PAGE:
Shinto in Japan, also known as Shintoism, is an indigenous folk religion. It bases itself on beliefs in the supernatural and nature itself. Its ideas of purity, respect for the cycle of life, and “the way of the Gods” underline every aspect of traditional and modern Japanese culture.
Shinto (しんとう、神道) means “the way of God” (kami no michi) in Japanese. Shinto did not have an official name until Korea introduced Japan to Buddhism in the 6th century. People found it necessary to name Shinto to distinguish the two religions from each other. Before that, the Japanese followed the rituals and beliefs they took for granted.
Up to now, Japanese Shinto has more than 100 million followers and more than 9,000 shrines and has become an essential religion in Japan. Shinto is not a religion in its own right but rather an integration of beliefs and rituals that worship the gods – the kami.
How is Shinto Different From Others?
No one knows who created Shinto, and there are no central figures such as Islam’s Prophet Muhammad, Buddhism’s Siddhartha Gautama, or Christianity’s Jesus. Therefore, Shinto is “polytheistic,” – meaning there are many gods.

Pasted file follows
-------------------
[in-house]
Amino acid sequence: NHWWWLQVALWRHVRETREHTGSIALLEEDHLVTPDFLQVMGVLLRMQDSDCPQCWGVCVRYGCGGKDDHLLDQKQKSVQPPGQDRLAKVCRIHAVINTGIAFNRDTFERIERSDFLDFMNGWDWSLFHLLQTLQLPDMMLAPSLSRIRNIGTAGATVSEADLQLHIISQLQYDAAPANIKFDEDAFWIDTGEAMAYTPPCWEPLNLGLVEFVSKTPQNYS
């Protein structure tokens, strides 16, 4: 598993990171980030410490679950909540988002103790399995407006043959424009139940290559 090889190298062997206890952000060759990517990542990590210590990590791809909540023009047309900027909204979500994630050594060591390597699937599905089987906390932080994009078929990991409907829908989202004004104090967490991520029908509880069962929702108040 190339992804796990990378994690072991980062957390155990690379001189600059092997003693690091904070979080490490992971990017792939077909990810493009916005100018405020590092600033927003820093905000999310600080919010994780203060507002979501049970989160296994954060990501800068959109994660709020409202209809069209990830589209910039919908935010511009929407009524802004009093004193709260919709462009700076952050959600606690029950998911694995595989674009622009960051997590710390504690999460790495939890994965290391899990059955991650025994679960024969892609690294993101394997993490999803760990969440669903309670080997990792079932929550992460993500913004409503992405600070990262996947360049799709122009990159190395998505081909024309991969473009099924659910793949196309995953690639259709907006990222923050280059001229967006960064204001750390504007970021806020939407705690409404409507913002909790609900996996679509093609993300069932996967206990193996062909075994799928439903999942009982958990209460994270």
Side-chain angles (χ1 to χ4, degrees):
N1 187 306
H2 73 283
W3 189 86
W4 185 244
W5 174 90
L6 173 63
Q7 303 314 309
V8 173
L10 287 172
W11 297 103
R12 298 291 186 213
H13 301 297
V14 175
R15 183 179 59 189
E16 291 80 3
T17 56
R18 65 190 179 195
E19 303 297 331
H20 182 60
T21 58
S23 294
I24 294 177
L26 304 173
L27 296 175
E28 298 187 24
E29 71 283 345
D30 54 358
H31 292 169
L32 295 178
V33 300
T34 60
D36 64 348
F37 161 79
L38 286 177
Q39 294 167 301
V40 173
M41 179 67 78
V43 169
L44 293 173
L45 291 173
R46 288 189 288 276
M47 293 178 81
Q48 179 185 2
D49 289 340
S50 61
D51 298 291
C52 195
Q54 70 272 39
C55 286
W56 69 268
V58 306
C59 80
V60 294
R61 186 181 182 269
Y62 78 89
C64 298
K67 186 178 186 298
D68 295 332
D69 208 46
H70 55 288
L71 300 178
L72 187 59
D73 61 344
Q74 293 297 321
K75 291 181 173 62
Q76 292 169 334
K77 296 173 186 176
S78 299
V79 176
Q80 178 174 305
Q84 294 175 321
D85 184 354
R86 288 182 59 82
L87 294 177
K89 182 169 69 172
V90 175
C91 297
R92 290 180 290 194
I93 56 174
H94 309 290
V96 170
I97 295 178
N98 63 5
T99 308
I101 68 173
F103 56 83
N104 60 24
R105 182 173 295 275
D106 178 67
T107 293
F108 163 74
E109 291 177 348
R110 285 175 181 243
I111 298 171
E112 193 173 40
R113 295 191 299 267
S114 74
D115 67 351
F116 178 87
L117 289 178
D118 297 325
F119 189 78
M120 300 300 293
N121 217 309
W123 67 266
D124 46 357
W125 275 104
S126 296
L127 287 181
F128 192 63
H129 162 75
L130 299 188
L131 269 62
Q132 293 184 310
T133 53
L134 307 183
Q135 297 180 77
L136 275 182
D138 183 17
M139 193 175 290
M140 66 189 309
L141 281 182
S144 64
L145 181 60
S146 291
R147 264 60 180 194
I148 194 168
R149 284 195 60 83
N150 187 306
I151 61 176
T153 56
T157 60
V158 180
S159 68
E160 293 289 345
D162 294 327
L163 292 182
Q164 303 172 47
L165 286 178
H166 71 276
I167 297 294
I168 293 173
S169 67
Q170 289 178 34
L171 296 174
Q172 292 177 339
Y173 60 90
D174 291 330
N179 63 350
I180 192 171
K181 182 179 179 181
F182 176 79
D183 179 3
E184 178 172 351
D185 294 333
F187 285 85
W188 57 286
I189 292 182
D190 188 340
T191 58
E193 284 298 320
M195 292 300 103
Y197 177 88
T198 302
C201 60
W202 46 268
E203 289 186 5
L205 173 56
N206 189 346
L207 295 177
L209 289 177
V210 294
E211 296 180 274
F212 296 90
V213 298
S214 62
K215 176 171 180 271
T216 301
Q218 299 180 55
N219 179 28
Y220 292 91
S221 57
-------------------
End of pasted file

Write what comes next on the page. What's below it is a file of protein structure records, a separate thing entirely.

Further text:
Gods in Shinto are kami (神). Kami represents sacred objects in nature. For example, the sun, moon, wind, thunder, and other natural elements can all be kami. People also revere the spirits of the dead (the emperor’s ancestors, the family’s ancestors, and heroes of service to the country).
Another difference between Shinto and other religions is that it doesn’t have an official sacred scripture or a bible. It only has a loose collection of prayers and rituals. Most people know them as the ancient prayers of Norito or Norii,
Shinto leaders passed these prayers down through centuries, then eventually recorded them on paper. Generally speaking, the guardians of the Divine Shrine are the ones who memorize the prayers. Then they send them to the gods during the annual matsuri (festival).
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Shintoism in the Life of Japanese People
Like many other religions, Japanese Shinto is an essential factor in the milestone events of a person’s life from birth to adulthood, marriage, and death.
Miyamairi (宮参り) is a traditional Shinto rite of passage in Japan for newborns. About a month after birth, parents will take the child to a local shrine to express gratitude to the deities for the baby’s delivery and have a shrine priest pray for the child’s health and happiness. Miyamairi marks the connection and attachment between humans and gods since birth.
Boy and Girls’ Day
According to Shinto tradition, March 3rd every year is Girls’ Day or Hinamatsuri. On this holiday, girls display dolls on an ornate platform and invite friends to sit, watch dolls and drink tea. In an old tradition, this was a day of purification as people made paper dolls, rubbed them on their bodies to remove bad luck, then took these dolls away and threw them into the sea.